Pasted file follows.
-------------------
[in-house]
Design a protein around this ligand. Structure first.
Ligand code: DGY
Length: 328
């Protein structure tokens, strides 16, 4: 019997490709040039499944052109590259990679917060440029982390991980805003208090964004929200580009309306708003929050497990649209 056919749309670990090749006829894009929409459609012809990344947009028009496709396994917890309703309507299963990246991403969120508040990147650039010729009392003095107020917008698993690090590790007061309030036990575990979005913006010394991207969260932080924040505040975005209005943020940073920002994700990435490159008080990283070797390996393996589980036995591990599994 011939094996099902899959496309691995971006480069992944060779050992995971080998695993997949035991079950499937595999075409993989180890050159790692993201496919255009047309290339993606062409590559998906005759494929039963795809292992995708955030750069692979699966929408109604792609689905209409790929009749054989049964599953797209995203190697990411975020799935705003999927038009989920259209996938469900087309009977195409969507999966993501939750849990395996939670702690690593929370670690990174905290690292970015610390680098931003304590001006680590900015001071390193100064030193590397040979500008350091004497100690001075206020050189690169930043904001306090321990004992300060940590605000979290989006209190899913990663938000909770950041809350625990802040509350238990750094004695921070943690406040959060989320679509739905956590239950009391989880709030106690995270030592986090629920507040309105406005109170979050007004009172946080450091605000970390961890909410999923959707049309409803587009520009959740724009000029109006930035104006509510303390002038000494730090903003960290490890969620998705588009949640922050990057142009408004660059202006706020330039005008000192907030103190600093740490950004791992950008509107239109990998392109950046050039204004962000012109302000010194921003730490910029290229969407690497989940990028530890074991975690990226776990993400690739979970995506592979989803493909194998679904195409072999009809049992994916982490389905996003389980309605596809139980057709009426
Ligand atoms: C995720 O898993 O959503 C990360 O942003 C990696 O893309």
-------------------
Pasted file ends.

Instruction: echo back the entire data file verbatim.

[in-house]
Design a protein around this ligand. Structure first.
Ligand code: DGY
Length: 328
């Protein structure tokens, strides 16, 4: 019997490709040039499944052109590259990679917060440029982390991980805003208090964004929200580009309306708003929050497990649209 056919749309670990090749006829894009929409459609012809990344947009028009496709396994917890309703309507299963990246991403969120508040990147650039010729009392003095107020917008698993690090590790007061309030036990575990979005913006010394991207969260932080924040505040975005209005943020940073920002994700990435490159008080990283070797390996393996589980036995591990599994 011939094996099902899959496309691995971006480069992944060779050992995971080998695993997949035991079950499937595999075409993989180890050159790692993201496919255009047309290339993606062409590559998906005759494929039963795809292992995708955030750069692979699966929408109604792609689905209409790929009749054989049964599953797209995203190697990411975020799935705003999927038009989920259209996938469900087309009977195409969507999966993501939750849990395996939670702690690593929370670690990174905290690292970015610390680098931003304590001006680590900015001071390193100064030193590397040979500008350091004497100690001075206020050189690169930043904001306090321990004992300060940590605000979290989006209190899913990663938000909770950041809350625990802040509350238990750094004695921070943690406040959060989320679509739905956590239950009391989880709030106690995270030592986090629920507040309105406005109170979050007004009172946080450091605000970390961890909410999923959707049309409803587009520009959740724009000029109006930035104006509510303390002038000494730090903003960290490890969620998705588009949640922050990057142009408004660059202006706020330039005008000192907030103190600093740490950004791992950008509107239109990998392109950046050039204004962000012109302000010194921003730490910029290229969407690497989940990028530890074991975690990226776990993400690739979970995506592979989803493909194998679904195409072999009809049992994916982490389905996003389980309605596809139980057709009426
Ligand atoms: C995720 O898993 O959503 C990360 O942003 C990696 O893309």